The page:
7 Technologies that Could Revolutionize Education

With all the technology being developed these days, it’s easy to imagine how this technology can transition into classrooms.  But no, most classrooms are still the same as when we were kids, and even when our parents were in grade school.

Equipped with one or two blackboards or whiteboards, chairs with tables for students, some art on the wall, books on shelves and other whatnots found in common classrooms,  could the lack of technological improvements in classrooms attribute to how poorly students are doing in today’s economy?

During The Next Web Conference Europe, Pearson Chief Digital Officer Juan Lopez-Valcarcel talked about how 46 percent on US college students do not graduate, and those that do, 40 percent are told that they do not have the right skills for a job they are applying for.  this may be due to the fact that while tuition has increased by 70 percent in the last 10 years, the value of the degree has declined by 15 percent in the same time frame.  But the biggest problem is, for in-demand jobs today and in the future, pertinent courses are not being offered in universities or colleges.  For instance, if someone wants to be Data Scientist – you won’t find a school offering  a course specific to that job.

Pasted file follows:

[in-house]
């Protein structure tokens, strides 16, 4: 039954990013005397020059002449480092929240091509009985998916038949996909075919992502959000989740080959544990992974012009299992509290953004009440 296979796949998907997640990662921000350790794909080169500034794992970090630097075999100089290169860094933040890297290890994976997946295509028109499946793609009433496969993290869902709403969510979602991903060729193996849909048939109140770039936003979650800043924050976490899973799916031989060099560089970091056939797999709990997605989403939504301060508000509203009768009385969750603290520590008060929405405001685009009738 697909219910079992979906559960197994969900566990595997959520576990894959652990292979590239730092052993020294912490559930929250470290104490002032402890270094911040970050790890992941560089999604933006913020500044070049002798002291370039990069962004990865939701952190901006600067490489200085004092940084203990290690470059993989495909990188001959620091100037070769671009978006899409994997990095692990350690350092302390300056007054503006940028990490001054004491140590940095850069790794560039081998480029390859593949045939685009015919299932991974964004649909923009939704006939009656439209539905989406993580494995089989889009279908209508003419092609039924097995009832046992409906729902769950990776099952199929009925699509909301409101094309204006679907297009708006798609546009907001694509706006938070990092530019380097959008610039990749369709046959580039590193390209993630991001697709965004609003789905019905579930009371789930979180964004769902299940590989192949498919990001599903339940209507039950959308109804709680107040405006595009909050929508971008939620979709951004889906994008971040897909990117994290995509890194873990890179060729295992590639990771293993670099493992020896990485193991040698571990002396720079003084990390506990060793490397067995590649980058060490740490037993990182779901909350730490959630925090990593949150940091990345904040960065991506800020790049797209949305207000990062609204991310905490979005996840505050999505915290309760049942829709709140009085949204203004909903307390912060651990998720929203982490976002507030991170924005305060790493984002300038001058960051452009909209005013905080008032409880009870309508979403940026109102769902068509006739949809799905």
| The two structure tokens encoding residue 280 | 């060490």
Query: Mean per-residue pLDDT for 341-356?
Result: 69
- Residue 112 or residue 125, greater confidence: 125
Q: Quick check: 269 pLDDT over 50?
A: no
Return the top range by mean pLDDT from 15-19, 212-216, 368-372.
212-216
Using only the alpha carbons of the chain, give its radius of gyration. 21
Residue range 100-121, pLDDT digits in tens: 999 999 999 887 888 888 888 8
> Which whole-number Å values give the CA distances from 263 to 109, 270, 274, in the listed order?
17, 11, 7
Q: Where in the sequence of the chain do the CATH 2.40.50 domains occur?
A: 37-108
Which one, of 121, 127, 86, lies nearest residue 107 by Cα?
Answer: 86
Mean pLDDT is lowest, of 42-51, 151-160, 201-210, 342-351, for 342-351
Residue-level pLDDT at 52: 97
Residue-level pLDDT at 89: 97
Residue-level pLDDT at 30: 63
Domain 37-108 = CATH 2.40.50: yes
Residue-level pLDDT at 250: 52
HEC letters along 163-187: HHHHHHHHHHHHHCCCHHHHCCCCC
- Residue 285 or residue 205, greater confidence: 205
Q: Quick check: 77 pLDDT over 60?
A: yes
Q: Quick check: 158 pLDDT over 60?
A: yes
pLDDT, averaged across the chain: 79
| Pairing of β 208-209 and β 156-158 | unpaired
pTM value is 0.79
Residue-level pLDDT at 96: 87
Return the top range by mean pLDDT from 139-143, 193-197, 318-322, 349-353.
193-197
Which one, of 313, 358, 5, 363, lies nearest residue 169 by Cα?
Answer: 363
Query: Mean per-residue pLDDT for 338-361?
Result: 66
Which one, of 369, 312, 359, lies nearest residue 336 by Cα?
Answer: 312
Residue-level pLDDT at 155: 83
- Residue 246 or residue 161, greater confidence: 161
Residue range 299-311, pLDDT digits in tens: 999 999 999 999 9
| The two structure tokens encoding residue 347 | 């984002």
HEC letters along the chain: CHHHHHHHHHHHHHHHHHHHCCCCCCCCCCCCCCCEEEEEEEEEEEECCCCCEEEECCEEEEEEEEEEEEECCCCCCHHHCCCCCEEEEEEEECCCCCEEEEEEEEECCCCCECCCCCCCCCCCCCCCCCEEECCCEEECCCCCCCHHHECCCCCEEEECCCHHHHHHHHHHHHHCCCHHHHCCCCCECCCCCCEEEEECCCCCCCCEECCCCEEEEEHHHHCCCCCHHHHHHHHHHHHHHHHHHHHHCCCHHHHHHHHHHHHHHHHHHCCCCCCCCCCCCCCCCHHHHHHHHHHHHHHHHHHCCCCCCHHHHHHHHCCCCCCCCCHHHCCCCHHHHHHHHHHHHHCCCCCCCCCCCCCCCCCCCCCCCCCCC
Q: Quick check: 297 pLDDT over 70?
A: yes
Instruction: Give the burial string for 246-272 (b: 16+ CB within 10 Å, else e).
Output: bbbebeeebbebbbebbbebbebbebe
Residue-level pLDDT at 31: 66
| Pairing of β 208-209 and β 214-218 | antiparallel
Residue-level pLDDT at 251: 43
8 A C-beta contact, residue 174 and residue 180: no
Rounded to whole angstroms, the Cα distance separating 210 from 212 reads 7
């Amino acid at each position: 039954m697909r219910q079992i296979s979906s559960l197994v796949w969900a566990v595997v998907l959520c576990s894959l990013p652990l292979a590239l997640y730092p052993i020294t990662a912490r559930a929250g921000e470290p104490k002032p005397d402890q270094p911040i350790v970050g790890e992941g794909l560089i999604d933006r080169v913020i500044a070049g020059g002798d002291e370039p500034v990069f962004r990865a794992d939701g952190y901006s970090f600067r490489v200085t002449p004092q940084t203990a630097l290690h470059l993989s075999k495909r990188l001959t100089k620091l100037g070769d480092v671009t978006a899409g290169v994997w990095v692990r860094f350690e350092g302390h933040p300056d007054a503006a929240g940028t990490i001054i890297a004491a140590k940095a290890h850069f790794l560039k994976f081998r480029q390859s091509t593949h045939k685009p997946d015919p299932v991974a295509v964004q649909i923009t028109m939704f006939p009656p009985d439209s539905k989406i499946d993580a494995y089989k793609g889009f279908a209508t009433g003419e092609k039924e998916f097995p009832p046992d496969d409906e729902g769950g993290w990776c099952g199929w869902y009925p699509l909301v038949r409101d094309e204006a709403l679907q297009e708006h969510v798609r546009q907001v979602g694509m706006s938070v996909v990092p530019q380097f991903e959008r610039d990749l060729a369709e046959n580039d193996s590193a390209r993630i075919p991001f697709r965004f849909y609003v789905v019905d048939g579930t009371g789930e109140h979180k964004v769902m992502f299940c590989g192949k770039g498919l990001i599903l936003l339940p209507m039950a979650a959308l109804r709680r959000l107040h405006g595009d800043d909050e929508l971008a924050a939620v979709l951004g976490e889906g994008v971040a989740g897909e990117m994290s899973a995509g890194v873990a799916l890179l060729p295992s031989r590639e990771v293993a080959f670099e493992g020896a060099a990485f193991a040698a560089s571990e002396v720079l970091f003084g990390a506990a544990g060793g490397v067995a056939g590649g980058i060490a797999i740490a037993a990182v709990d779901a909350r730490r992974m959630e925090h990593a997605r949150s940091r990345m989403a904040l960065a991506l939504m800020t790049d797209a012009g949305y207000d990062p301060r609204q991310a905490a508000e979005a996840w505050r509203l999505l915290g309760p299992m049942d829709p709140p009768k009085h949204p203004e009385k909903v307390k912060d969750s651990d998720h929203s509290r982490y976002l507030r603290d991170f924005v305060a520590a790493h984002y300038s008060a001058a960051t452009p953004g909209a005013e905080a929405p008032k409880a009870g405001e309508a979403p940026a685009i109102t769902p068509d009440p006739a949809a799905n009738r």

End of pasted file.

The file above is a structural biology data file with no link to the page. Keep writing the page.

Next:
So how can things change?  How can technology help transform the state and quality of education?

7 technologies that could revolutionize education

 

  • Invisible Computers

Though some schools are equipping students with tablets to facilitate their learning, the device still poses as a barrier as it could be a distraction for some students. And more problems occur when a tablet is left at home, misplaced or broken.  What happens to students in this scenario?  Lopez-Valcarcel proposes a future with invisible computers, where classroom objects, like a desk, will serve as a computer and all the data is available whenever needed.  Teachers can give assignments to students and not worry about the student not being informed about it.